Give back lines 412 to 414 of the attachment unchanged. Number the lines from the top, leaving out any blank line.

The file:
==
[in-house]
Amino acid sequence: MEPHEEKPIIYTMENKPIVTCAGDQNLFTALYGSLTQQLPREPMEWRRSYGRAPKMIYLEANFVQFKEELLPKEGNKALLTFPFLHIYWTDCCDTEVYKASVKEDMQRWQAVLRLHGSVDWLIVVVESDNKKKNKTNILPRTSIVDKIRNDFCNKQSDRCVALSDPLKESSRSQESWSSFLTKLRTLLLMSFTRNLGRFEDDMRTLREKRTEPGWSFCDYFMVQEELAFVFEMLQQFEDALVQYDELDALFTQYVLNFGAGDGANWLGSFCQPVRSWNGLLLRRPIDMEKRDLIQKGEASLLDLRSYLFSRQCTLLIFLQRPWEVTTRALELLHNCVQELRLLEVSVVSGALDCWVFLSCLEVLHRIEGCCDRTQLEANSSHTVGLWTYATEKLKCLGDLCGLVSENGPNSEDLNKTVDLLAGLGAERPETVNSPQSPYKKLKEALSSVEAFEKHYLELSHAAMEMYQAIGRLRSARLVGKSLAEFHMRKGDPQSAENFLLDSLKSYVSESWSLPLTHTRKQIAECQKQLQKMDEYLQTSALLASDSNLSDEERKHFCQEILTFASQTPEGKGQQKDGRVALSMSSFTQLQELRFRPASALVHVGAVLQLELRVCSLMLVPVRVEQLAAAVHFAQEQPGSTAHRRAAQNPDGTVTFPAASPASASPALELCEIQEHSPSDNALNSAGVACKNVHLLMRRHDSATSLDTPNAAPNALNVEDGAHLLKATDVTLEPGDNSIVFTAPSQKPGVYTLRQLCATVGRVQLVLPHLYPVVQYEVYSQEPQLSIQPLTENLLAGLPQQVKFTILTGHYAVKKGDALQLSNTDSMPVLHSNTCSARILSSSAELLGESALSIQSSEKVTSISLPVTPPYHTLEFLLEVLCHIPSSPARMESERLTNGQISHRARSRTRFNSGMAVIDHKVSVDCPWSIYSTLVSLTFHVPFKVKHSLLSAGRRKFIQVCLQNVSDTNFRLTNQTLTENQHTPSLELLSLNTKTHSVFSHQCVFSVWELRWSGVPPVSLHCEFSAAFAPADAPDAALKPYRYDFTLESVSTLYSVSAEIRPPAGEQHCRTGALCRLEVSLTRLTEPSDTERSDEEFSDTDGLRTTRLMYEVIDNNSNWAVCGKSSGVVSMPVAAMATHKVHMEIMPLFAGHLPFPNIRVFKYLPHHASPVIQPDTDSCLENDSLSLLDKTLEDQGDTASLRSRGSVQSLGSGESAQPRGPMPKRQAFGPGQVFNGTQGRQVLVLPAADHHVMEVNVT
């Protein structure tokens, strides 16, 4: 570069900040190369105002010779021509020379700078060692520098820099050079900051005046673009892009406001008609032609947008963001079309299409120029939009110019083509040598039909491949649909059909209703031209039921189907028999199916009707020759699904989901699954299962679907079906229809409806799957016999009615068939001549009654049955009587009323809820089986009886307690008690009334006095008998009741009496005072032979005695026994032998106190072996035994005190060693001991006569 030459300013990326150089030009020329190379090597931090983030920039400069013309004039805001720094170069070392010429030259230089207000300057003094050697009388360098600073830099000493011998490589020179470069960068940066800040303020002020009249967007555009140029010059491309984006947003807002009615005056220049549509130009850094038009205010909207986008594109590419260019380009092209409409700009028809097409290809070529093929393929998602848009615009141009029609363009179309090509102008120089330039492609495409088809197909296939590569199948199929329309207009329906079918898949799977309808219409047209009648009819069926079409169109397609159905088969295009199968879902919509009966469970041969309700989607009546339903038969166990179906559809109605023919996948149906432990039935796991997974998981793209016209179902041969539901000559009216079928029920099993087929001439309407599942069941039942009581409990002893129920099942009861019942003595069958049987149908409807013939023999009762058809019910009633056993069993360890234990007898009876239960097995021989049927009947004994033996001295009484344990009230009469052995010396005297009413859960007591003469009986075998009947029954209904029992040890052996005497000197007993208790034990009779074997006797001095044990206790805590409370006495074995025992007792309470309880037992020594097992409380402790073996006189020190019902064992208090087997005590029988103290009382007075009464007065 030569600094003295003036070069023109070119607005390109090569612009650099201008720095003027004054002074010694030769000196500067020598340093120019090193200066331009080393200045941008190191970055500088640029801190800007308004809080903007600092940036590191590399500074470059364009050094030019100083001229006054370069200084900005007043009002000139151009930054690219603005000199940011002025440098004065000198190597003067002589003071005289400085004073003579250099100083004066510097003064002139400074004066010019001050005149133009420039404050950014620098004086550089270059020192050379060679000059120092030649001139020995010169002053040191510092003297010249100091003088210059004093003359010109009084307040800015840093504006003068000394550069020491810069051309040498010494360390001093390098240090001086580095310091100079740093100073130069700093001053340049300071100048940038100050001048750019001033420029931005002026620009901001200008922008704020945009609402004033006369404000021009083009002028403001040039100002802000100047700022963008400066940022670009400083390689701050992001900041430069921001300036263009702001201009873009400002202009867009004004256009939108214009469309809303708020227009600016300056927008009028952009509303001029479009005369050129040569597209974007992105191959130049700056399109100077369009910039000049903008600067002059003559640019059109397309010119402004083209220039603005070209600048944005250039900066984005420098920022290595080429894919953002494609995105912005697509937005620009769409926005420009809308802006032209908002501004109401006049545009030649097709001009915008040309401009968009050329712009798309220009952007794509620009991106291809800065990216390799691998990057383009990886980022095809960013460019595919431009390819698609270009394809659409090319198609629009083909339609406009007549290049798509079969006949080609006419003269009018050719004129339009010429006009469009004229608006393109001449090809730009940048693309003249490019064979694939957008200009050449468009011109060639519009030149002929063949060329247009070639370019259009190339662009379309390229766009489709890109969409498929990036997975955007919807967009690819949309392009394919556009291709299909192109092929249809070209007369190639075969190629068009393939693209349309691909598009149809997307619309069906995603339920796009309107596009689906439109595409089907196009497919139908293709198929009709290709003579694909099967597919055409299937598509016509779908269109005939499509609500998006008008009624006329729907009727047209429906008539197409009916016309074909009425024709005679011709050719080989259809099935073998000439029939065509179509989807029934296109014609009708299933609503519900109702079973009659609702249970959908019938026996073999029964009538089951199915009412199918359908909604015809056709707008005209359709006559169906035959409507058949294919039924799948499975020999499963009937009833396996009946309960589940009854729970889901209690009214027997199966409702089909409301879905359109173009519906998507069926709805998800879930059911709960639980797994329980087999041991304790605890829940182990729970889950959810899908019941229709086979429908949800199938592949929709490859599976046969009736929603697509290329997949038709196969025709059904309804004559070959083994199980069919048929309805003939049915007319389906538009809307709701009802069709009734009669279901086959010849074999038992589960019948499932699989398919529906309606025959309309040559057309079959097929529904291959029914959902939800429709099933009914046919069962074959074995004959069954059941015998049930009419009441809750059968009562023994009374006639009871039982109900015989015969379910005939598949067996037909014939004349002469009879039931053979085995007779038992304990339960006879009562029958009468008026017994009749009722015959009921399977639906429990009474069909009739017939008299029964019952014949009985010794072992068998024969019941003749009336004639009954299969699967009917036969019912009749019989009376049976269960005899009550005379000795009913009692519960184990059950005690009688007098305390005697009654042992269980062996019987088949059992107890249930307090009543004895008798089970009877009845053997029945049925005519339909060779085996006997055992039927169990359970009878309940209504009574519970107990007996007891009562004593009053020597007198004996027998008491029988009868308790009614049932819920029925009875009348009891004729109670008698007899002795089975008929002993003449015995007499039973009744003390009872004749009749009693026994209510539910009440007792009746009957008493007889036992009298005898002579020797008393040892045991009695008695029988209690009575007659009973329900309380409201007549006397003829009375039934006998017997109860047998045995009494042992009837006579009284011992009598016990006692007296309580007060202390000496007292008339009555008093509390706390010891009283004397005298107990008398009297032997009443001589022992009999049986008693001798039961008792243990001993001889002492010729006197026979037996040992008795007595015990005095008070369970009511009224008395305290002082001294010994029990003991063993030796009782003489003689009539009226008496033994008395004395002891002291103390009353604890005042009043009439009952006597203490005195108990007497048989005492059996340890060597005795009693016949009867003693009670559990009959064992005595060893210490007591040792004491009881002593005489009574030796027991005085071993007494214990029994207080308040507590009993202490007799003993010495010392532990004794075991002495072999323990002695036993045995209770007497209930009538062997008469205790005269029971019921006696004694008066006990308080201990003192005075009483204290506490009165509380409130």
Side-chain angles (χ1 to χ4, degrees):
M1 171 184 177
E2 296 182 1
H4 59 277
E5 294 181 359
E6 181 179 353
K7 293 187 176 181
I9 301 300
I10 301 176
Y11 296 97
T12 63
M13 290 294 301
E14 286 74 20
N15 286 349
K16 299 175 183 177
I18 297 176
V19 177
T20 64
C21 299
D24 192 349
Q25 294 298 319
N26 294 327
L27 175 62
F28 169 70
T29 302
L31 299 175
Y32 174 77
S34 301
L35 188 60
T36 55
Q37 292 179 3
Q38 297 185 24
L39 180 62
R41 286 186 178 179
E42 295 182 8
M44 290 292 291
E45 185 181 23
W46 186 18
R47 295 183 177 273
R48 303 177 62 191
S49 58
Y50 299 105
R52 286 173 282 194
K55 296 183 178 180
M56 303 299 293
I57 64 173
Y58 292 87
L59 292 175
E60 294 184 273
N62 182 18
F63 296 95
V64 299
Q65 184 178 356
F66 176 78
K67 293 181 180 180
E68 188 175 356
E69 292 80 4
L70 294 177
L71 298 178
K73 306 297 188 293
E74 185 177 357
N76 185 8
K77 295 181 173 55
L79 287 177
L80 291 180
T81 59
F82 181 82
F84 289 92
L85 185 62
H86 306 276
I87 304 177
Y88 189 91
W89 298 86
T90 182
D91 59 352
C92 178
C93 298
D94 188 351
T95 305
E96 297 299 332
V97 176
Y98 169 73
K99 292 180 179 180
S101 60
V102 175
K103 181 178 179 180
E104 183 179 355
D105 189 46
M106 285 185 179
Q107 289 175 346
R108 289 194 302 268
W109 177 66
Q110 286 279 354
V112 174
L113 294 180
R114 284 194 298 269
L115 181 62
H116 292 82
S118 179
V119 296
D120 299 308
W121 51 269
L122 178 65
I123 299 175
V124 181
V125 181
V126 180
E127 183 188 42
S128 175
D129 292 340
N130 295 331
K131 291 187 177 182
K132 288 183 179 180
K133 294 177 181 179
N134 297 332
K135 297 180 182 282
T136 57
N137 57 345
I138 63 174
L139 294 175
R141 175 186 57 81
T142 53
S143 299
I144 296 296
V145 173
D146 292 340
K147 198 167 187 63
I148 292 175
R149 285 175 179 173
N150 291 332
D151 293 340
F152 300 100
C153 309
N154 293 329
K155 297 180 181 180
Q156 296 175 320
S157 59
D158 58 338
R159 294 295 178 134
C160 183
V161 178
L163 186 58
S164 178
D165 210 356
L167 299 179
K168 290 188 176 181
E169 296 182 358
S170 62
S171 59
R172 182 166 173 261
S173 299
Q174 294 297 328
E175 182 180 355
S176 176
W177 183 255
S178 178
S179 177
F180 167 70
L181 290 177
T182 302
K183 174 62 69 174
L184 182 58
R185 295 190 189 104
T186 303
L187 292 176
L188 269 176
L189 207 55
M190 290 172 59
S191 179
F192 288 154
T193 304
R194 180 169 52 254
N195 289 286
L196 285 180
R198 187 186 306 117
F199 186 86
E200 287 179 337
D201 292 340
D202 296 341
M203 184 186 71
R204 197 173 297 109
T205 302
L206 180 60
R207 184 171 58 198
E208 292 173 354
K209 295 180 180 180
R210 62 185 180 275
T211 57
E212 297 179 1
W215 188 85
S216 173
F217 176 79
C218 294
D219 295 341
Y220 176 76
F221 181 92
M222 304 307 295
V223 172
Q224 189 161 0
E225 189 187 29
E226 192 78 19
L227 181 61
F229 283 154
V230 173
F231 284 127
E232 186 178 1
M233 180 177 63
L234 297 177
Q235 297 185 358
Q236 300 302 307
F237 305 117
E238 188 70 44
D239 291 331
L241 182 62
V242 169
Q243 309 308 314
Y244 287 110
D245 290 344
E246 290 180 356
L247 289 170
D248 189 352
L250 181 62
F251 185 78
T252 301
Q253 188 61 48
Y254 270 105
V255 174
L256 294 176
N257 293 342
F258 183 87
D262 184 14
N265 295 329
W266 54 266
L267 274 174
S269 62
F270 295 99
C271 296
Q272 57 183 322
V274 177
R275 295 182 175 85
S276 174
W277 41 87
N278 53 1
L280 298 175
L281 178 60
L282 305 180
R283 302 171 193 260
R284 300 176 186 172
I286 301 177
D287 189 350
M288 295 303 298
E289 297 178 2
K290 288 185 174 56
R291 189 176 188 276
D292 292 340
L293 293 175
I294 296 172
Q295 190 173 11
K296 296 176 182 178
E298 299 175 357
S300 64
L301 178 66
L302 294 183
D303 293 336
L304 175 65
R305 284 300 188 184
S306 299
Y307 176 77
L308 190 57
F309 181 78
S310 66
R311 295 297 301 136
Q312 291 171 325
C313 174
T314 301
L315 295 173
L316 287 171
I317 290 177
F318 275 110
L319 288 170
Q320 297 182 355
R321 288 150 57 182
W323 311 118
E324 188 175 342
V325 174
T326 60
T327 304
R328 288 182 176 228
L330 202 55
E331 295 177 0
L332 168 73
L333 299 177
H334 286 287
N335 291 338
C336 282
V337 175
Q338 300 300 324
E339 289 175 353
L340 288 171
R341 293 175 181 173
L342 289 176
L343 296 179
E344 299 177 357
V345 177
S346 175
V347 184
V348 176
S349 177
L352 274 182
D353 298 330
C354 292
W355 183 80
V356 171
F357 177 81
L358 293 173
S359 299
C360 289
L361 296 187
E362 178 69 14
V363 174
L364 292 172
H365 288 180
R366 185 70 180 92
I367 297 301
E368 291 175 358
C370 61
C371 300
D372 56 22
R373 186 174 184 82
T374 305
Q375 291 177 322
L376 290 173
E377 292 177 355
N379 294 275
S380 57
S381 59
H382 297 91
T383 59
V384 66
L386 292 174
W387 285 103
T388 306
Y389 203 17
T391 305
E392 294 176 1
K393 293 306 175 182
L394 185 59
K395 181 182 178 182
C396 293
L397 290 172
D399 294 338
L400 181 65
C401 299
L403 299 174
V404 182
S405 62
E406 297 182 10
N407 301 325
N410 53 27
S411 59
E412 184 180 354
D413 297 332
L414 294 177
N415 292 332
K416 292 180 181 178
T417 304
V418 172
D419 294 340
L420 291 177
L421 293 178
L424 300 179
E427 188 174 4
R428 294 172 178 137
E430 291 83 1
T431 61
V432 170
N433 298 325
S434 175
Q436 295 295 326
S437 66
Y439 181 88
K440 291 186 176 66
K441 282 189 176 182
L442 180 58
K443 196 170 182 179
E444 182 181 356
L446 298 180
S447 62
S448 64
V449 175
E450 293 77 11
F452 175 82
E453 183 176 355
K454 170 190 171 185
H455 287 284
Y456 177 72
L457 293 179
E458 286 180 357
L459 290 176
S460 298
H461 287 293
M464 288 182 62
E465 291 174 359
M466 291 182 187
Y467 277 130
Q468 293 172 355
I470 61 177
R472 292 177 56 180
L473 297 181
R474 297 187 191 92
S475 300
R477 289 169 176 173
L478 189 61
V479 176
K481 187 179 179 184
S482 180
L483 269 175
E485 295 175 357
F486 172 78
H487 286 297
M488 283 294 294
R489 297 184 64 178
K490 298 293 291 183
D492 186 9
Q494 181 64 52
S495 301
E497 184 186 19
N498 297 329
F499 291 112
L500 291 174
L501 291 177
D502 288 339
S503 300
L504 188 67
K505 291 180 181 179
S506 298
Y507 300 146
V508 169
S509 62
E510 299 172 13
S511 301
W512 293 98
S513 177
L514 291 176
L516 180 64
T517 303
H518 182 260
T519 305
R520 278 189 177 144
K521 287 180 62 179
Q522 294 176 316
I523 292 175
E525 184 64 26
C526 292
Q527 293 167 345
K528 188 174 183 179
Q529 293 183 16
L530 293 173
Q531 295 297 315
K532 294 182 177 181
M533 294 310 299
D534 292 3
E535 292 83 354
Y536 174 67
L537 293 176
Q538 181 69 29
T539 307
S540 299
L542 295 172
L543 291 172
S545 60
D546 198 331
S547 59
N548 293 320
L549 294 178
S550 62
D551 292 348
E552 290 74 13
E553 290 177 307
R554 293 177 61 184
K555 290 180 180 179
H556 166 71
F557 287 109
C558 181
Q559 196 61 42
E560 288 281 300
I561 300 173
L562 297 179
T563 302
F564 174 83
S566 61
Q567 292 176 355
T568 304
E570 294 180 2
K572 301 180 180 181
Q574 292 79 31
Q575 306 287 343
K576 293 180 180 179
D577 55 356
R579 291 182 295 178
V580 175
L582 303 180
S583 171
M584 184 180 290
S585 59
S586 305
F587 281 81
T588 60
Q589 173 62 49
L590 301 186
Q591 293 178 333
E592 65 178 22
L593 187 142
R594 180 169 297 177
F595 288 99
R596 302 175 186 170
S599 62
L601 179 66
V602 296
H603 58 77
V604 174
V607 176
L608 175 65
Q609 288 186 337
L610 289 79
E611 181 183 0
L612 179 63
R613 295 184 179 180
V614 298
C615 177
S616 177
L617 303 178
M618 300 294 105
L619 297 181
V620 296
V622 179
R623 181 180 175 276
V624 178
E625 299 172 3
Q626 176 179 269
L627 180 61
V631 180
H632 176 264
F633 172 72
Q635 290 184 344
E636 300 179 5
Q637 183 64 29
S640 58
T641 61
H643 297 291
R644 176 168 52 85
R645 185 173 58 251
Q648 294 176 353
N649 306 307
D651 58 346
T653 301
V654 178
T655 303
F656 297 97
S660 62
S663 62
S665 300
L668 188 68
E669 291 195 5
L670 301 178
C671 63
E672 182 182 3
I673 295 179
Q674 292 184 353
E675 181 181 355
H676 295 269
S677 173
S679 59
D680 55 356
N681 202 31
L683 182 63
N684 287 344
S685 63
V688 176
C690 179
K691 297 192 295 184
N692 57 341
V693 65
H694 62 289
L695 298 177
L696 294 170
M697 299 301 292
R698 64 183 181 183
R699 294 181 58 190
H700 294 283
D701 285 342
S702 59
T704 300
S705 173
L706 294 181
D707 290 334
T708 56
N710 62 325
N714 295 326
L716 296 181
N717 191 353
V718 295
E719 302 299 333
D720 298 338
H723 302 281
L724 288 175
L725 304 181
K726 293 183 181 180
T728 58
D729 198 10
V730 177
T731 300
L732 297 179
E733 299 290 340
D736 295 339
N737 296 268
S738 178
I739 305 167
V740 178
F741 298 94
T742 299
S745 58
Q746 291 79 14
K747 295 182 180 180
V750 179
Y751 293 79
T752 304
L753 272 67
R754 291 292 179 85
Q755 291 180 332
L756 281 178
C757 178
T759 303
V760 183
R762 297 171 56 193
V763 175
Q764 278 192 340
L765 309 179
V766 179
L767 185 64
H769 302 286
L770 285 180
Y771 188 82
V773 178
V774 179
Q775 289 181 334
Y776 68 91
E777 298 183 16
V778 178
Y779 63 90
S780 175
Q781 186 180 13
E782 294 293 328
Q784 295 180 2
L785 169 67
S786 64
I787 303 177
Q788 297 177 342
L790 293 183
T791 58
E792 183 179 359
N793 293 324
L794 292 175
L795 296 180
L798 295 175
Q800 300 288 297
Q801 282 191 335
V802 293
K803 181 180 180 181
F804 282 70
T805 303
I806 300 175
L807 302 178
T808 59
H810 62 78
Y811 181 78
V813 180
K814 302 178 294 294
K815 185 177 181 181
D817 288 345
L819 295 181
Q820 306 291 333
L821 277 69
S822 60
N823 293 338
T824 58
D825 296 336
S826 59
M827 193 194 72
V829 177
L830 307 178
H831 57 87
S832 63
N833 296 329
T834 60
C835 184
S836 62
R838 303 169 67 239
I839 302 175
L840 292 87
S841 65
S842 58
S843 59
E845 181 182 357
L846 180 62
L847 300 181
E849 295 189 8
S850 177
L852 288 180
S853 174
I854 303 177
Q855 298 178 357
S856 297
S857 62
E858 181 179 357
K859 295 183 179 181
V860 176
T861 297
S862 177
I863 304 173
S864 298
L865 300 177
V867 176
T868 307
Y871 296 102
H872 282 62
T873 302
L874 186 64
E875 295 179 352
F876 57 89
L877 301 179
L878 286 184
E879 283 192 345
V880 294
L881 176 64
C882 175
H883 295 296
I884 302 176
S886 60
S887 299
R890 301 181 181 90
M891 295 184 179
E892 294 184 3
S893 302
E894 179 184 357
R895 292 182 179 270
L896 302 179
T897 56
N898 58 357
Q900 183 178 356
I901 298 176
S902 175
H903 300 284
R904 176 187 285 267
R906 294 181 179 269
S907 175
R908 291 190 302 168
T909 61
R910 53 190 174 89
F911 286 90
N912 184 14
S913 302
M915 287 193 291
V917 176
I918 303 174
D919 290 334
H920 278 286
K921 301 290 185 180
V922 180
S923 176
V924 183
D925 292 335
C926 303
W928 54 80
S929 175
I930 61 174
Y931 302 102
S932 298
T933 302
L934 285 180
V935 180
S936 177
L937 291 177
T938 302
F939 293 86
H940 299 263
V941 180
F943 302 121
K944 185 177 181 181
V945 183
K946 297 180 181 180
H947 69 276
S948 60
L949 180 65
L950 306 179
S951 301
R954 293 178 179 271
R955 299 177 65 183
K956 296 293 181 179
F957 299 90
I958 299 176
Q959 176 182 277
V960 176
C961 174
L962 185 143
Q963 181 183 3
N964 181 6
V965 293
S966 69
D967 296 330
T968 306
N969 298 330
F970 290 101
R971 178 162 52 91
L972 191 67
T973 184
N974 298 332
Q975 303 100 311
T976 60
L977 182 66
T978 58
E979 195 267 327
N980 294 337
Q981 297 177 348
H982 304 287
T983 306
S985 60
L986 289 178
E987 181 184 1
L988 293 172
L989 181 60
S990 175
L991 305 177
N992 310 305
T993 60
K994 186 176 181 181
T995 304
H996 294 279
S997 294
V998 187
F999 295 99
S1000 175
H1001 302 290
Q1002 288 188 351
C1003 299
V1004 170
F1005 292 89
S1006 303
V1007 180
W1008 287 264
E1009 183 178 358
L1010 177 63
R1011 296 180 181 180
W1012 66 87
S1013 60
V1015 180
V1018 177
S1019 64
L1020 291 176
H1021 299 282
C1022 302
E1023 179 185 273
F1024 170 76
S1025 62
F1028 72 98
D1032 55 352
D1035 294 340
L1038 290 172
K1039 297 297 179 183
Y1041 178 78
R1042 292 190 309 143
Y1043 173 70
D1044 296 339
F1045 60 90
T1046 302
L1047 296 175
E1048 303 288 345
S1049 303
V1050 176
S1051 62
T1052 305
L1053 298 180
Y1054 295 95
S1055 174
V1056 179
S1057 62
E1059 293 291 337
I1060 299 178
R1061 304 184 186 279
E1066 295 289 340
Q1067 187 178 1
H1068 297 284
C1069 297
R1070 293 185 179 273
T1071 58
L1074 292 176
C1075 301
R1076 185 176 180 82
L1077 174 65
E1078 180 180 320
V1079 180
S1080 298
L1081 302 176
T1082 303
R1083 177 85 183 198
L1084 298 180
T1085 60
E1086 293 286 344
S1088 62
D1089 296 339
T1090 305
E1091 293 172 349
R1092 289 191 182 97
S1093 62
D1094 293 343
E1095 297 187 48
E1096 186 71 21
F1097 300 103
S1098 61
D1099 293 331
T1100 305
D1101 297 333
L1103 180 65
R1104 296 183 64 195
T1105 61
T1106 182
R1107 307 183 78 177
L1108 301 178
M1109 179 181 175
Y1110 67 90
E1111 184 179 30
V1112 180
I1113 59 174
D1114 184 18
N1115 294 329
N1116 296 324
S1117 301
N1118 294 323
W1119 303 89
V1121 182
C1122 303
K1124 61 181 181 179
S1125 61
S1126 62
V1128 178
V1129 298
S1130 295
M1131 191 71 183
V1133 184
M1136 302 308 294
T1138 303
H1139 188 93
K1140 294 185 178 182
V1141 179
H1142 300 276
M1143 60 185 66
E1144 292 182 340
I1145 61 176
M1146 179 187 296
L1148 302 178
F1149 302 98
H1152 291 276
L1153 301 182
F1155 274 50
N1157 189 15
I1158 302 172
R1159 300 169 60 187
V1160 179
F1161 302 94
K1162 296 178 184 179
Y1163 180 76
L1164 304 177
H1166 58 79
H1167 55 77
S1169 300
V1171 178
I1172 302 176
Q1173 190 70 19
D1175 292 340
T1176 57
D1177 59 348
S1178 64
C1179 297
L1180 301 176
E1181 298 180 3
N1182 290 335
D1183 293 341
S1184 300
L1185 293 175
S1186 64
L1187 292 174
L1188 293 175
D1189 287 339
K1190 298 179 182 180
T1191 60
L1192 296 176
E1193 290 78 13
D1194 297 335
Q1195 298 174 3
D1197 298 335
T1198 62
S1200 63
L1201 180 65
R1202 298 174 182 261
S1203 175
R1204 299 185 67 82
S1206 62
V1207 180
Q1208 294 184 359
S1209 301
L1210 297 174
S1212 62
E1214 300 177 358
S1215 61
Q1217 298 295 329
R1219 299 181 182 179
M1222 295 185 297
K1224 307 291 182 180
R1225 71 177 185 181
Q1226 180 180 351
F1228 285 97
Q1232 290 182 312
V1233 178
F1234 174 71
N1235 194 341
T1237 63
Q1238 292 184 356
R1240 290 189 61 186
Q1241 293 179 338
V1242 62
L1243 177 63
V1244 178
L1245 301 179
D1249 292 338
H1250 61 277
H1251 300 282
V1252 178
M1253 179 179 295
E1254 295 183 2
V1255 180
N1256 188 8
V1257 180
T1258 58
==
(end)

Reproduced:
L473 297 181
R474 297 187 191 92
S475 300